Orange Cranberry Banana Bread with Orange Glaze

2 cups all-purpose flour
1 tsp. baking soda
1/2 tsp. salt
1/2 cup melted butter
1/2 cup granulated sugar
1/4 cup light brown sugar
2 large eggs, lightly beaten
1 tsp. vanilla
2 cups mashed ripe bananas
1 Tbsp. orange zest
1/3 cup dried cranberries

Preheat oven to 350 degrees.

Lightly grease 9×5 loaf pan.

Whisk together flour, baking soda, and salt in mixing bowl.

In large mixing bowl mix melted butter and sugars. Whisk in eggs. Add vanilla. Add bananas, orange zest, and cranberries and mix well.

Add flour mixture in two portions, mixing to just moisten. Pour into prepared dish. Bake for 55-60 mins. until toothpick inserted in center comes out clean.

Orange Glaze

1 cup powdered sugar
3 Tbsp. orange juice
1 1/2 tsp. orange zest

Mix together in small bowl until well blended. Immediately pour over bread. Cool.

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1Ach, I have been sick. It seems fall is going to insist on my remaining inside on these glorious color filled days. Most probably I’ll be feeling better by the time the rain moves in next week. The word hospital came up when I was told I needed to go home and take care of myself. Susie’s kryptonite. I do not like hospitals. The smell, the sadness, the desperation. Also, I am a firm believer it is not unusual to pick up a little something extra besides the bill when you are departing. A friend of mine got a staff infection while in the hospital for a hernia operation and never came out. He was fifty. The only part of a hospital that makes me smile is the obstetrics section, and only as an observer there. The last time I was interred, as I prefer to call it, I made it through all the procedures but the most painful part of my stay was the food. Some of the chefs must have been recruited directly from Purina. They did a nice job with Jello and whipped cream and tapioca but other than that I feared I would die from starvation before being once again released into the wild.  It was the first hospital stay where I was offered a menu from which to choose my meals. Amazingly no matter what choice I made they all tasted the same when you put them in your mouth.

Certainly we need hospitals. Dedicated people who staff them, for the most part, do a rough job with a good attitude. I wouldn’t want to do it. As I’ve said before I considered being an R.N. as a vocation, before choosing instead to be, uh, …………, whatever. My grandmother was an R.N. This is how she met my grandfather, who was to be a doctor. Three uncles were physicians, and my second cousin just graduated from medical school. With all that medical blood coursing through my veins it’s amazing I chose instead to be, uh, ……………., whatever.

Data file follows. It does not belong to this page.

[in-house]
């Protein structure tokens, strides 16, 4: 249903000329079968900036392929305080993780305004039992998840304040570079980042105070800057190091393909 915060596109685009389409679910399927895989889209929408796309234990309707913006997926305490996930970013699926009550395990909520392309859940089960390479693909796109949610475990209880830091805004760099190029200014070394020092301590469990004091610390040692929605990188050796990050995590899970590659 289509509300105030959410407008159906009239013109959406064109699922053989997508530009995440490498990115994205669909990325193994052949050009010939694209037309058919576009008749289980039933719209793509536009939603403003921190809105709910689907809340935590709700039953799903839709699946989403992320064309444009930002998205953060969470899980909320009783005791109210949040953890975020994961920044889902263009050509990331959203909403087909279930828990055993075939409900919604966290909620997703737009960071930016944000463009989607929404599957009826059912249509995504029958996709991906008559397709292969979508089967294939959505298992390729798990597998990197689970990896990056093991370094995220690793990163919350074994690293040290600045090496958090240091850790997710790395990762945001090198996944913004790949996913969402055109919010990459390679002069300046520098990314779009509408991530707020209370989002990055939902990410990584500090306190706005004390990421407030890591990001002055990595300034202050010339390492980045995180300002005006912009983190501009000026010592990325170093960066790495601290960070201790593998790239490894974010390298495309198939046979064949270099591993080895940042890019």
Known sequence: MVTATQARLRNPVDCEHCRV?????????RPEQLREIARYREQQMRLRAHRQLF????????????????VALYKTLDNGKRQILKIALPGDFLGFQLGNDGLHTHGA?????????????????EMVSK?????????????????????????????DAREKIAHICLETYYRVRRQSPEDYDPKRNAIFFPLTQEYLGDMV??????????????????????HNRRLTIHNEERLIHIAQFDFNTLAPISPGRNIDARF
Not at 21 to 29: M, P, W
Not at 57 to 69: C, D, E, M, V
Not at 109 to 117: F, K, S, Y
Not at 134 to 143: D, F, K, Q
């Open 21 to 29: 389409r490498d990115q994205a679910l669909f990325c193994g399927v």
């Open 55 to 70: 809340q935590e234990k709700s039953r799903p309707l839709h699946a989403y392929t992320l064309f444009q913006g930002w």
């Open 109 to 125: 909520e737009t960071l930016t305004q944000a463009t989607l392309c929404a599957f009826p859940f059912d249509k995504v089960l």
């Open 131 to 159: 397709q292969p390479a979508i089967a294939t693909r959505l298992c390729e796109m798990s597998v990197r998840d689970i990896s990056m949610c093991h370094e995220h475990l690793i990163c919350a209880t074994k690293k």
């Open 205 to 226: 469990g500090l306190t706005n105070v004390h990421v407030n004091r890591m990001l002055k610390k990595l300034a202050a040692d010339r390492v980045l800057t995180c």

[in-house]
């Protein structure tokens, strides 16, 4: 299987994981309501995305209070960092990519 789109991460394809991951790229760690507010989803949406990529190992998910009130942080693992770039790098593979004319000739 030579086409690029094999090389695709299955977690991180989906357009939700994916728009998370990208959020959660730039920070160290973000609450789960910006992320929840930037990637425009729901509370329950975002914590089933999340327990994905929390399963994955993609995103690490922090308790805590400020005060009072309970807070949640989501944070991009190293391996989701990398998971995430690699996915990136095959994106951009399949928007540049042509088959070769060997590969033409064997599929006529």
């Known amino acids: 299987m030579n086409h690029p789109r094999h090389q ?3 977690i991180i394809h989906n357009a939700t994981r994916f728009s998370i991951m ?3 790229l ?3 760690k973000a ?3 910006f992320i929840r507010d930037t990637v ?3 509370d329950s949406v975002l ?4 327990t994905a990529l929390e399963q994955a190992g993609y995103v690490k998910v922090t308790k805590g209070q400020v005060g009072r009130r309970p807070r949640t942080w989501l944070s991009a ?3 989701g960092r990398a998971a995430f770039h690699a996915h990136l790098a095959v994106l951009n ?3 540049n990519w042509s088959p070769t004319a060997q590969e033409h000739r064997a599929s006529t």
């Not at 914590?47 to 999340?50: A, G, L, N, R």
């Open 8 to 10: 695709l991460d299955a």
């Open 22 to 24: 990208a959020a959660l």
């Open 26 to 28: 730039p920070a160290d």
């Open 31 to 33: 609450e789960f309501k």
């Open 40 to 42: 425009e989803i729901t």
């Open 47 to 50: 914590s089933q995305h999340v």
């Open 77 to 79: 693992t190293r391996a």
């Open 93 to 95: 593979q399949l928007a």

To add to the mix, Thanksgiving will be here in a few weeks and right on its heels Christmas. Help. On my sewing table are patterns pinned to pieces of fabric. Each Christmas for about five years I get orders for aprons. Combining my artwork with the sewing, I make each apron unique with a general theme to guide me provided by the buyer. It’s a project, but one I enjoy when I’m both feeling well and have the time to devote to it. Neither is true at the moment but I’m muddling through.

Christmas always seems to sneak up on me. In October it seems a long distance off, but in a blink I look at the calendar and it’s November. Suddenly the month is powering by and I haven’t even thought about gifts or plans and it’s all right there throwing tinsel in my face. Traditionally I put my Christmas decorations up the weekend after Thanksgiving. It’s one of my favorite times of the year. Already Christmas Vacation and The Bishop’s Wife are waiting on my DVD, and the hot chocolate is in the cupboard next to the marshmallows.

Rick didn’t start out as a likely candidate for elf’s assistant. At some point he will take out his “Christmas Sucks” hat to show his support. Over the years I’ve never been associated with a male partner or mate who threw himself into the decorating with me. Several have gotten on the ladder and hung outdoor lights but usually it is me with my sea of boxes wearing my elf hat with the bells and singing happily to the cat.  A Christmas movie deal is not on the table for this story, but it makes me happy.  For the first time this year he said he looks forward to the lights and the blinking tree (not a euphemism). It is true when all is said and done the house takes on a warm and friendly feel not duplicated any other time of the year.

Boxes line the upper shelves of my garage marked Xmas or Christmas. This house being much smaller than our previous home, I have to be careful not to turn it into a Christmas store or put some of the larger items in places where they can be knocked off or become a hazard. Thinking on it, I need a larger house for the holidays with this one doing fine the remainder of the year.

I haven’t been out all week so today is the day. Our larder is bare and the dog has no bone. Oh, I don’t have a dog, but if I did he definitely wouldn’t find a bone in the cupboard. Rick said he went looking for a snack last night and settled on a stale graham cracker and some string cheese. Mmmmmm. Maybe I’ll feature this in my next blog?